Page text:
A-levels exist for many purposes other than paving the way to university (Letters, April 4). For many students these exams mark the end of their education. It is essential that the courses are stimulating and challenging in their own right.
Equally, we should not believe that universities have a monopoly on effective assessment. Good sixth-form teachers have experience and expertise which will be needed in the redesign of A-levels and are crying out to be involved in the process.
A recent survey of undergraduates suggested stark differences between their experiences at school and at university, especially in teaching and assessment. Schools came out better in both areas.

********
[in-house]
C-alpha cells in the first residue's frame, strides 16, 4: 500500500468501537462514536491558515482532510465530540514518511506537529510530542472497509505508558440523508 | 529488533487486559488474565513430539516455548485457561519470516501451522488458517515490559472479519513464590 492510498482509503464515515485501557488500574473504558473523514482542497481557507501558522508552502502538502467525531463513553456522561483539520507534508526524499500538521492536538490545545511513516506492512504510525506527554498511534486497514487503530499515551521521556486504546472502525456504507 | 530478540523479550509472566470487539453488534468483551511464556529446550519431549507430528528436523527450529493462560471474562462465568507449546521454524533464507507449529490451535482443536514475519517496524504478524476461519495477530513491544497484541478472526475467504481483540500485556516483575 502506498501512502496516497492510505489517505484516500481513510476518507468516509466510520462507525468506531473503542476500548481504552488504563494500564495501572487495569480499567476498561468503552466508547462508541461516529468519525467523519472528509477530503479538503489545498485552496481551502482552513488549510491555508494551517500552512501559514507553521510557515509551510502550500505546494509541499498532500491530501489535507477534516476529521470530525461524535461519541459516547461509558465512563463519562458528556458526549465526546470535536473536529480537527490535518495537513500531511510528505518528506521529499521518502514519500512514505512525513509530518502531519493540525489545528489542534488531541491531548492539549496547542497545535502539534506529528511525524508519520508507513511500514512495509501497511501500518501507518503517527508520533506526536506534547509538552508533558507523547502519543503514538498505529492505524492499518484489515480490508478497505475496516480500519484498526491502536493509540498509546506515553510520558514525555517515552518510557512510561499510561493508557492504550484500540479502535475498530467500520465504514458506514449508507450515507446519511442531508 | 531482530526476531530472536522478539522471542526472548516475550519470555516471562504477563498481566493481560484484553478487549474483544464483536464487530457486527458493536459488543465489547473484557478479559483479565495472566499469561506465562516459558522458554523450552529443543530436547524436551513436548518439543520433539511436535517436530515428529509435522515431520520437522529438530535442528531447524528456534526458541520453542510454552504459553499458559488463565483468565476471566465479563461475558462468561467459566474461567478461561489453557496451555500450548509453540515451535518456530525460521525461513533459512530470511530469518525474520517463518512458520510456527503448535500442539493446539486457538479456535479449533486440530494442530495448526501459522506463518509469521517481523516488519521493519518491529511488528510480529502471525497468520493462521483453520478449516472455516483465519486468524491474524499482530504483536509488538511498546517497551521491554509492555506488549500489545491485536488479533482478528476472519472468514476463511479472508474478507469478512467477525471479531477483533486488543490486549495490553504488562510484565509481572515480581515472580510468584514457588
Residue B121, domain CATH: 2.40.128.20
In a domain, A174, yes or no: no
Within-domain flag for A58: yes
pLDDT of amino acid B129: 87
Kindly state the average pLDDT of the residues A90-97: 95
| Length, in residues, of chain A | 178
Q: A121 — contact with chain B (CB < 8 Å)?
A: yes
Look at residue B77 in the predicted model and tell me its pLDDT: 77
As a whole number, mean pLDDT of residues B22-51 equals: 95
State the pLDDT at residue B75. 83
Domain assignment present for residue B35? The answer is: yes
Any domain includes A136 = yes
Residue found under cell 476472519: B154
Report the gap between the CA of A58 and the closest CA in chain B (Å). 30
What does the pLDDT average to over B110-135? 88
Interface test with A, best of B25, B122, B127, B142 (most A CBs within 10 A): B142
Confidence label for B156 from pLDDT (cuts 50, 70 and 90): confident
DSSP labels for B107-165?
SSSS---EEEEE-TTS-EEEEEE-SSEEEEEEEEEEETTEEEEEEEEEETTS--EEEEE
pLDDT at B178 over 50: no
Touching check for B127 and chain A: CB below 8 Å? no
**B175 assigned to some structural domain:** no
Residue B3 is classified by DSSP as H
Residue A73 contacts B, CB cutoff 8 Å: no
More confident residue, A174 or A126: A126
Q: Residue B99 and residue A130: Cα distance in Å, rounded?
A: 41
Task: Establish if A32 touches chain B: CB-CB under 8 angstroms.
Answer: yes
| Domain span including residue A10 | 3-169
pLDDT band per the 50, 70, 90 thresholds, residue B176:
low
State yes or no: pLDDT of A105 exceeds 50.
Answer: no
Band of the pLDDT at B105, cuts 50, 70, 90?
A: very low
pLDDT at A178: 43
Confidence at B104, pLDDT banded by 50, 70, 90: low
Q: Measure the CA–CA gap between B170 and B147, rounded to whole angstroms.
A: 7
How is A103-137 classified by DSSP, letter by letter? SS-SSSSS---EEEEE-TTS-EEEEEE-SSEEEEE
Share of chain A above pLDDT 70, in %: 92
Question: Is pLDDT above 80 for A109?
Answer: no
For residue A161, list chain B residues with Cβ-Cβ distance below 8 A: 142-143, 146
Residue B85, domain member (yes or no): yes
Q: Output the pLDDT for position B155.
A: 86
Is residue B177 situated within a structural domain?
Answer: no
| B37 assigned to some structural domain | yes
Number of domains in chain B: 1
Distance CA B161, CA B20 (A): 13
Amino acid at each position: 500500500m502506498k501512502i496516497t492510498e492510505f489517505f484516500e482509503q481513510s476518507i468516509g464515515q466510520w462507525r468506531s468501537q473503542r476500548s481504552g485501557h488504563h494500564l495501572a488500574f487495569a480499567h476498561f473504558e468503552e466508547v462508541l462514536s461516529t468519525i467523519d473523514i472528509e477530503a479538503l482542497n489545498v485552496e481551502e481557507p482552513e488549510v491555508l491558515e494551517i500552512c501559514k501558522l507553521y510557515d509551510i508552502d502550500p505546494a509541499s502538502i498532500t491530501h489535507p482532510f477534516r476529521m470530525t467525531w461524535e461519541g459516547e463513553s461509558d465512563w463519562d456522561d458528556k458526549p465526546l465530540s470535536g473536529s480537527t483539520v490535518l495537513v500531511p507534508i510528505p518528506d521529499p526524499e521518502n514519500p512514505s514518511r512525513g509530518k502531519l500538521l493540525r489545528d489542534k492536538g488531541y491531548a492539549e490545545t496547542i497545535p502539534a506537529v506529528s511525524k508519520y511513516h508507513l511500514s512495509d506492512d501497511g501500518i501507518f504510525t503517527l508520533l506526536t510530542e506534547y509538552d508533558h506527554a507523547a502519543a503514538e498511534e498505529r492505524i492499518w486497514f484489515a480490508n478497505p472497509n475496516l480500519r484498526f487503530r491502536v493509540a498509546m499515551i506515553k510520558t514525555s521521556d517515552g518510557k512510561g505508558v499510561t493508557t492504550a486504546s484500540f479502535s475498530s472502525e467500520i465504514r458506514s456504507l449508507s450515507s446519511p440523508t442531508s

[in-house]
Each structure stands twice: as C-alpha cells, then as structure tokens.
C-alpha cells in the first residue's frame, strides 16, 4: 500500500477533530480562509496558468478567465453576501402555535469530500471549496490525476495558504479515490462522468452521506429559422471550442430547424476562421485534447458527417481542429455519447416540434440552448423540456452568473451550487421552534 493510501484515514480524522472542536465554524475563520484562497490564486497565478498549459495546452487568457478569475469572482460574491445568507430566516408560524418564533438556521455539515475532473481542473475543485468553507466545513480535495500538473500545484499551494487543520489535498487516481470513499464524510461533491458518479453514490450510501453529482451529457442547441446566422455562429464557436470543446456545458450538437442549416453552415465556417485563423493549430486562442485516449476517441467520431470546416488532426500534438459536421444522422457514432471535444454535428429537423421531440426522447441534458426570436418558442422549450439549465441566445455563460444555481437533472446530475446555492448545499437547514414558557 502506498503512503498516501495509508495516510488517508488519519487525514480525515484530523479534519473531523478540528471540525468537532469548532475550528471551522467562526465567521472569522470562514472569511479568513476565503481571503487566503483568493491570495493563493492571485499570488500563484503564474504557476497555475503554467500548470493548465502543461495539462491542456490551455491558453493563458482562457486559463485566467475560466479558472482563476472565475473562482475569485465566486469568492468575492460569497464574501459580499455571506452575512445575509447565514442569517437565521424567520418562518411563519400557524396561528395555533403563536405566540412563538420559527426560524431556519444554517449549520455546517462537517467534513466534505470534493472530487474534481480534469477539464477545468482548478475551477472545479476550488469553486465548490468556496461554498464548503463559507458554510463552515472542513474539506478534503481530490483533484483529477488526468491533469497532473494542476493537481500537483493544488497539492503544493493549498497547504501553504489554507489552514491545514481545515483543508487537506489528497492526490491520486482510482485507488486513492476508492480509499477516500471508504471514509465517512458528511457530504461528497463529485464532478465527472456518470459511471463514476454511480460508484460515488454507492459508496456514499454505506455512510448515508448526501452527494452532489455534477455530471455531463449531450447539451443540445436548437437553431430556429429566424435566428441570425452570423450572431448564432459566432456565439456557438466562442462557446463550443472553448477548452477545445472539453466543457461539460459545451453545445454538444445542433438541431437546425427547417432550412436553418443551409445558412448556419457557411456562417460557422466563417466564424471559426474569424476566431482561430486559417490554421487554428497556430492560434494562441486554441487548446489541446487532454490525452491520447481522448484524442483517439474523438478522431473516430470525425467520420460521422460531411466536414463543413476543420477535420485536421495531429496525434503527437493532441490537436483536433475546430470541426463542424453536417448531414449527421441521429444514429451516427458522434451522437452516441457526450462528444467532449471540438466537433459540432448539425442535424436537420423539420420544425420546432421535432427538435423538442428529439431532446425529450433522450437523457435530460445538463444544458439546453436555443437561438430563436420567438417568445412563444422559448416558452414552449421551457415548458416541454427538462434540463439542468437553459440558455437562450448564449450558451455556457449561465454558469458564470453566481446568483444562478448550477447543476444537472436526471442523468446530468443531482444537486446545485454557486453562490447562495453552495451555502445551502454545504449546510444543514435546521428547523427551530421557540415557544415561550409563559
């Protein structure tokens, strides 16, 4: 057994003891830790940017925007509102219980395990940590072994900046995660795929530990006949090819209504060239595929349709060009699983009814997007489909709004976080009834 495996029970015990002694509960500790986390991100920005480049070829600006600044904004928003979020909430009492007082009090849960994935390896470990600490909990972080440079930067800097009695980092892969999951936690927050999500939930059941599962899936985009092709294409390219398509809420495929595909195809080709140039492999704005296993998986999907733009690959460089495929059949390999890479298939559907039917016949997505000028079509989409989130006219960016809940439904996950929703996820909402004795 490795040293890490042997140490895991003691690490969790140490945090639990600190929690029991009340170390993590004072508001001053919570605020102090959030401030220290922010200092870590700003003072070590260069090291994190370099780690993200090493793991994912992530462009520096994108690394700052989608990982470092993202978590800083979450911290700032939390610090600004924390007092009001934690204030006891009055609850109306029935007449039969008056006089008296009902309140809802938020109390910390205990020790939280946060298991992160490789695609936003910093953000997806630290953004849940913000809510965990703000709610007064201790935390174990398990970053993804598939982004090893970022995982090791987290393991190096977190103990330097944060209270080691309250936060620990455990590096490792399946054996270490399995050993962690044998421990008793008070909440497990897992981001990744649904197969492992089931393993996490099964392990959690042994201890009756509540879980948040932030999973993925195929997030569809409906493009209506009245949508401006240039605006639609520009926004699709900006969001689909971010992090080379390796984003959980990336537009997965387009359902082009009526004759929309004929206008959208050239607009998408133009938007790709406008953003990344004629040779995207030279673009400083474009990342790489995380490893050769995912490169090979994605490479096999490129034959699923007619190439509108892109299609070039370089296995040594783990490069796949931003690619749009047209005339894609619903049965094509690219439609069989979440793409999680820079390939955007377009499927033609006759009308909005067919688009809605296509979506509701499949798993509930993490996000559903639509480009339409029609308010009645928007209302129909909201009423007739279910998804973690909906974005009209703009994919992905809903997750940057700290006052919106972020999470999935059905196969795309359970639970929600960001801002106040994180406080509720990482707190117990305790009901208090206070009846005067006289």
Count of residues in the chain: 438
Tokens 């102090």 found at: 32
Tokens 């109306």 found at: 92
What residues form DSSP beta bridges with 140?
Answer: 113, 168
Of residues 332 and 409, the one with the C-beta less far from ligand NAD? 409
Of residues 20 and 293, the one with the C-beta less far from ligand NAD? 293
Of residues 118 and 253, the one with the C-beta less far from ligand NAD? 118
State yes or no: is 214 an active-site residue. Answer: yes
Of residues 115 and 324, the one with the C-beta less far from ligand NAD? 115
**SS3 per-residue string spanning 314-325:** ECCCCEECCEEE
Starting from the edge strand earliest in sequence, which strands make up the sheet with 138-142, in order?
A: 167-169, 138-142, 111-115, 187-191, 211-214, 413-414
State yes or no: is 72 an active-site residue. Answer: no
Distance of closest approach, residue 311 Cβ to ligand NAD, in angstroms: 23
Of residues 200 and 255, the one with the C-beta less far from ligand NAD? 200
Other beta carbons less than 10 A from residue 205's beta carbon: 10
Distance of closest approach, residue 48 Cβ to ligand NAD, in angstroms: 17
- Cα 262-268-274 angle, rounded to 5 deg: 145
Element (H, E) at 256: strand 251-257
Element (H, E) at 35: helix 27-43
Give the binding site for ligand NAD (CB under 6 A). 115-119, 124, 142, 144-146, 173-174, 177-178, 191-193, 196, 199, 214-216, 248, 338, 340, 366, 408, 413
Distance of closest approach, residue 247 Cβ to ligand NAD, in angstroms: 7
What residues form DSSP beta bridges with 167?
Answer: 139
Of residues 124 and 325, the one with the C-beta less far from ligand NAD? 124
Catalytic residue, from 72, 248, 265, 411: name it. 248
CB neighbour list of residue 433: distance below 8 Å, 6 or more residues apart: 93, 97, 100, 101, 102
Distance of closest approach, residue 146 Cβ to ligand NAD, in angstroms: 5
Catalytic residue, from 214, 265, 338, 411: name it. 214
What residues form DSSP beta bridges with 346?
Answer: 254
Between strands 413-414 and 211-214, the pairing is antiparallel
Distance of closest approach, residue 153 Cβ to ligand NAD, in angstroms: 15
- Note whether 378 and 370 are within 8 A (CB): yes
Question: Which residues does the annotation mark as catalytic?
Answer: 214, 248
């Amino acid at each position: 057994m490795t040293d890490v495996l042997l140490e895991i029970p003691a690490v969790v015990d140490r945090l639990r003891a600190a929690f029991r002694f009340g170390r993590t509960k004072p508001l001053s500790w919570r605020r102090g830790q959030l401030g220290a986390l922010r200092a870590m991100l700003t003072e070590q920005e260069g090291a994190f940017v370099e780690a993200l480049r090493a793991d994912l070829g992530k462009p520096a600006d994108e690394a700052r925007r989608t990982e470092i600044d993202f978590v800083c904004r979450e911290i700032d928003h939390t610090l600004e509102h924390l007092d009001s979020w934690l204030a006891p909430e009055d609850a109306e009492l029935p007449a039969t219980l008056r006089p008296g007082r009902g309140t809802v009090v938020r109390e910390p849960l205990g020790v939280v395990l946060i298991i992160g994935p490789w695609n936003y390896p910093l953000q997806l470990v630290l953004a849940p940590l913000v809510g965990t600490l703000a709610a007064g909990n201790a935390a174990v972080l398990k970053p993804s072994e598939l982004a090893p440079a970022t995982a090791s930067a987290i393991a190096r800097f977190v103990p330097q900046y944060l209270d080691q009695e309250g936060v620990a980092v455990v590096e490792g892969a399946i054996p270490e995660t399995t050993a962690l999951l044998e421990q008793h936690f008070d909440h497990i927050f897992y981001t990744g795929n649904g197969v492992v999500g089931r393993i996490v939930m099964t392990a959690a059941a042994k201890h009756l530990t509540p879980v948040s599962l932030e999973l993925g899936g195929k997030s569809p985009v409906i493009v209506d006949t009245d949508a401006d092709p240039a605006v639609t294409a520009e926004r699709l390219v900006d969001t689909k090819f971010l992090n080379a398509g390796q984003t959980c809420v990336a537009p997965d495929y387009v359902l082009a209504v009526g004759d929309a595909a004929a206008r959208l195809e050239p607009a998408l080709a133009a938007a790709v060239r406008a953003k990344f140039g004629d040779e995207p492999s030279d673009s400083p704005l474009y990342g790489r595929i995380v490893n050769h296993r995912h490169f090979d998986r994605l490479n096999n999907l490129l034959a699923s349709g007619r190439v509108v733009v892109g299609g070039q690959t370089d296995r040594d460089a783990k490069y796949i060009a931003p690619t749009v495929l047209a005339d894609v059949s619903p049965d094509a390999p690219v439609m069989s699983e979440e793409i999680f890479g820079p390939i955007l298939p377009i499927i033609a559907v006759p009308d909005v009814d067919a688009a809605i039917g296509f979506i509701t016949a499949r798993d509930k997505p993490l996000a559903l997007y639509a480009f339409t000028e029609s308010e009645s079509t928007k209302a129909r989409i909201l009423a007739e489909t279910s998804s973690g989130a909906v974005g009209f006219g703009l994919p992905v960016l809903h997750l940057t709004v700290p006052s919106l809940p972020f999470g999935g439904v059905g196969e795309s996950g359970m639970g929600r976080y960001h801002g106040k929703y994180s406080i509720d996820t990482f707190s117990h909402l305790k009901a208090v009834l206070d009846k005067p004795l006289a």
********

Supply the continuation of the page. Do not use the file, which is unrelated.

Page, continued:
Michael Gove, the Education Secretary, is right to involve universities. But he must involve schools and colleges too. Without their involvement, we will be saddled with yet another partial, and failed, reform.
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